"The role of Arctic Indigenous Peoples and their Indigenous knowledge is invaluable not only for future development of Arctic societies but also in the conservation and sustainable use of biological resources.”Hjalmar Dahl, President of Inuit Circumpolar Council Greenland and Chair of the Indigenous Peoples Secretariat.

Over 25 years, as interest and pressure in the Arctic region grew, Arctic cooperation through the Arctic Council strengthened. Three legally binding agreements were negotiated under the auspices of the Arctic Council, the 2011 “Agreement on Cooperation on Aeronautical and Maritime Search and Rescue in the Arctic,” the 2013 “Agreement on Cooperation on Marine Oil Pollution Preparedness and Response in the Arctic” and the 2017 “Agreement on Enhancing International Arctic Scientific Cooperation.”

The Council has played a leading role in delivering influential reports and assessments through its six Working Groups and extensive network of experts, such as the 2004 Arctic Climate Impact Assessment, which brought Arctic issues to the global agenda, the Arctic Marine Strategic Plan that advanced the Council’s marine stewardship, the Arctic Biodiversity Assessment, which was the first circumpolar inventory of status and trends for biodiversity in the Arctic, and the 2020 Briefing on Covid-19 in the Arctic, which provided timely insight into the complex and intricate ways the pandemic impacts Arctic communities, creating an impetus for future work on the emerging issue. The Council’s work has also contributed to international treaties and conventions, including the Stockholm Convention on Persistent Organic Pollutants, the Minamata Convention on Mercury, the International Maritime Organization’s Polar Code and others.

In recognizing its responsibility and leadership role the Arctic, and that many challenges facing the Arctic are global in nature, the Council has accredited 38 Observers that constructively contribute to its work. The Arctic Council has also facilitated the creation of additional structures for regional cooperation including the University of the Arctic, the Arctic Economic Council, the Arctic Coast Guard Forum, the Sustaining Arctic Observing Networks forum, among others.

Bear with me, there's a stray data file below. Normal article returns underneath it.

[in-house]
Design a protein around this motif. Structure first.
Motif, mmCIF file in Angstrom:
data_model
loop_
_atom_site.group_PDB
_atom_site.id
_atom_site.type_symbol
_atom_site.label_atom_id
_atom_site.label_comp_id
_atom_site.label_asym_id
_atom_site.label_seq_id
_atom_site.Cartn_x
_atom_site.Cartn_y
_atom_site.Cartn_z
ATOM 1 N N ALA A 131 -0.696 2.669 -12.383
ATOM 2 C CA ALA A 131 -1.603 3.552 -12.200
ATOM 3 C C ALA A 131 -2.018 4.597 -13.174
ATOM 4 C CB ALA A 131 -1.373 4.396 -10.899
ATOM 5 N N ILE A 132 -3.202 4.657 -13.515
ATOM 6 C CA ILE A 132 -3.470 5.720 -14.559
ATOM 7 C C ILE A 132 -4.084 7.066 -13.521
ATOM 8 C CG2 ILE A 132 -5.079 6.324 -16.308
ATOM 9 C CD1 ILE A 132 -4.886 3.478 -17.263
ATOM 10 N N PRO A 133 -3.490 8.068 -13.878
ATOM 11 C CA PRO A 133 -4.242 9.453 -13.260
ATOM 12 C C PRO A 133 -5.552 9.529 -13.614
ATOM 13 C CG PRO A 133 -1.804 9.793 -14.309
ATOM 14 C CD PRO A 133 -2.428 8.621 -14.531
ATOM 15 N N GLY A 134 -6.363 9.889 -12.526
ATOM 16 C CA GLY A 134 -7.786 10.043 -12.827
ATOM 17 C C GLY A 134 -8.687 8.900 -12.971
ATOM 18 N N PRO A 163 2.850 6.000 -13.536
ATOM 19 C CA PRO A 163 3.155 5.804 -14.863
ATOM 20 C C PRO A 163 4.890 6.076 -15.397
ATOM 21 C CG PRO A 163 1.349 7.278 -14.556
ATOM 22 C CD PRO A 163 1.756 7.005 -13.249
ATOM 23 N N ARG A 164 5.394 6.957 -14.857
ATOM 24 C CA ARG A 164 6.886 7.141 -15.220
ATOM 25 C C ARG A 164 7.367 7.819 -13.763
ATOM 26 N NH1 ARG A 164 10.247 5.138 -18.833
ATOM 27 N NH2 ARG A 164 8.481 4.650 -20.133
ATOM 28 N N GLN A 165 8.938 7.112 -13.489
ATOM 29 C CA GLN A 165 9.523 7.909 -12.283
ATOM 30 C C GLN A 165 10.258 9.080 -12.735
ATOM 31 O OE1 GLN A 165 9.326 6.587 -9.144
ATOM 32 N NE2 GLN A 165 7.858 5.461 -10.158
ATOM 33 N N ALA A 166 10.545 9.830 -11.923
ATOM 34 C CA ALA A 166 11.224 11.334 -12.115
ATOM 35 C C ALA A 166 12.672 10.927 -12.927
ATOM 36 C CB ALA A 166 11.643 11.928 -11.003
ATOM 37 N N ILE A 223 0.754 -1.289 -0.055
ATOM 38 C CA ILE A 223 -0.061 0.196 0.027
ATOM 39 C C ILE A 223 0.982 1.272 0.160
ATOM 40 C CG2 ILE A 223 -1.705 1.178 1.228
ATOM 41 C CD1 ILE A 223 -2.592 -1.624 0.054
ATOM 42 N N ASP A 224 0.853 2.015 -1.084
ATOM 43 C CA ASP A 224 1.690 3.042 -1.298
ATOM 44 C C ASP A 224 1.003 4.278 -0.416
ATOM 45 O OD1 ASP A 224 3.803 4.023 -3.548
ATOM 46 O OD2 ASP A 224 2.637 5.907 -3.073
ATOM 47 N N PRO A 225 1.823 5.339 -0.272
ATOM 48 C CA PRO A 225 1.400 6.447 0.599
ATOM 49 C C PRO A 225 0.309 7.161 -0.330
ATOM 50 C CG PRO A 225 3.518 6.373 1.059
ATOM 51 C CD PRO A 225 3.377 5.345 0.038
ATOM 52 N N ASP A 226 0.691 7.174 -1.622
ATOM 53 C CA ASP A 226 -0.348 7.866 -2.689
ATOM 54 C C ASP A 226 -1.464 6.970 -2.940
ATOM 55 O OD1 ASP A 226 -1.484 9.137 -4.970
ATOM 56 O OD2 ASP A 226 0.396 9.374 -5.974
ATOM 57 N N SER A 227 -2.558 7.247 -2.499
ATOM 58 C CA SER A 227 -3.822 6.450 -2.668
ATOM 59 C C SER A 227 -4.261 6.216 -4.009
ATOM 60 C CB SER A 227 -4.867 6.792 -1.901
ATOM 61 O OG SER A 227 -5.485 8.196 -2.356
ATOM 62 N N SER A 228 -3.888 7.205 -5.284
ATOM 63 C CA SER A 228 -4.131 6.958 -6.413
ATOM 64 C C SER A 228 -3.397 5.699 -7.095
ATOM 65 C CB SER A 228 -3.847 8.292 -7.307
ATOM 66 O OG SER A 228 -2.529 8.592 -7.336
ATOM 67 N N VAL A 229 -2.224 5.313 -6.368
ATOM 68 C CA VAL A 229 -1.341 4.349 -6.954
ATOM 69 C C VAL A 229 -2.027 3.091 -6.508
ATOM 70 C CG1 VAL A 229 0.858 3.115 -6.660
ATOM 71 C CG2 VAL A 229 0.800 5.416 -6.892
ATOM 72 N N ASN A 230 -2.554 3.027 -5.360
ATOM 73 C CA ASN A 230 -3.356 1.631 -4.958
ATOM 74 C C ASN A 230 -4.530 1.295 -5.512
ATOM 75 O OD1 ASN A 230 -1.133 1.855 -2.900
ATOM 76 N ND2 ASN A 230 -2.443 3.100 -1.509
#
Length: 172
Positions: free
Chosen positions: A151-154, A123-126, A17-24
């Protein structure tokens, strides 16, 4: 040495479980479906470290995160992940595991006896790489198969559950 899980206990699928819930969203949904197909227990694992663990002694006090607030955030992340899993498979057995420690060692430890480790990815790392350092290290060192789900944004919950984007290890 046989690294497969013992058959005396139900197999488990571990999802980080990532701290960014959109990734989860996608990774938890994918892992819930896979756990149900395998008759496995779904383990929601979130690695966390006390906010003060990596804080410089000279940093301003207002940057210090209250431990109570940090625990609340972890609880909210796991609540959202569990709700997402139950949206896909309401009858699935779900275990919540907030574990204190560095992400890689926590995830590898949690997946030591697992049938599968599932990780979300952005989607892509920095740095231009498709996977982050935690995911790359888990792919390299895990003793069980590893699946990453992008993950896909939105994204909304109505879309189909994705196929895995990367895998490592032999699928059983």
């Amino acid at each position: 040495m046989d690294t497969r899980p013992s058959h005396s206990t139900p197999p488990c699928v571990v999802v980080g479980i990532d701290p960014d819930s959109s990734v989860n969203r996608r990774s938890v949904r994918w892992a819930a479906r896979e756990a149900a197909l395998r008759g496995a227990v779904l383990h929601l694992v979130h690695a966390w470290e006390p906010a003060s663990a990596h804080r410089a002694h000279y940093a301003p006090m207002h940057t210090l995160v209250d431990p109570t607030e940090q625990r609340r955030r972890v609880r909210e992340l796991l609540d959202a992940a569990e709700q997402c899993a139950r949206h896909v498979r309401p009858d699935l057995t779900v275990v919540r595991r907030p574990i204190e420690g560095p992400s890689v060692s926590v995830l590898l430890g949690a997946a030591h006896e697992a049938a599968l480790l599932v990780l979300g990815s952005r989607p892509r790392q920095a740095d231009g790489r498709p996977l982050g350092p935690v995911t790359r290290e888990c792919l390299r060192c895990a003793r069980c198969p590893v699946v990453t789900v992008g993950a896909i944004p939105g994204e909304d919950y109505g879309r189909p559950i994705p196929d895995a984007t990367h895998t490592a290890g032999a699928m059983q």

"The Arctic Council today is much stronger than it was in the beginning."Mary Simon, Governor General of Canada and former lead negotiator of the Ottawa Declaration

The Arctic Council did not become the success it is considered today overnight. Twenty-five years of dedicated work, over 10 declarations and numerous cooperation mechanisms along the way have significantly strengthened the Council. “There were a lot of issues out there that had to be dealt with,” said Mary Simon, Governor General of Canada and former lead negotiator of the Ottawa Declaration, in a recent interview on occasion of the Council’s anniversary. “I’ve always felt that you can build on what you agree on, and the Arctic Council today is much stronger than it was in the beginning.”

In recognition of its 25th anniversary, the Arctic Council adopted its first Strategic Plan that reflects the shared values and joint aspirations of the Arctic States and Permanent Participants and will guide the Council’s work over the next decade. This 25th anniversary, the Arctic States and Permanent Participants reaffirm their commitment to maintain the Arctic as a region of peace, stability and constructive cooperation, and strive to ensure a prosperous, sustainable and secure home for all Arctic inhabitants.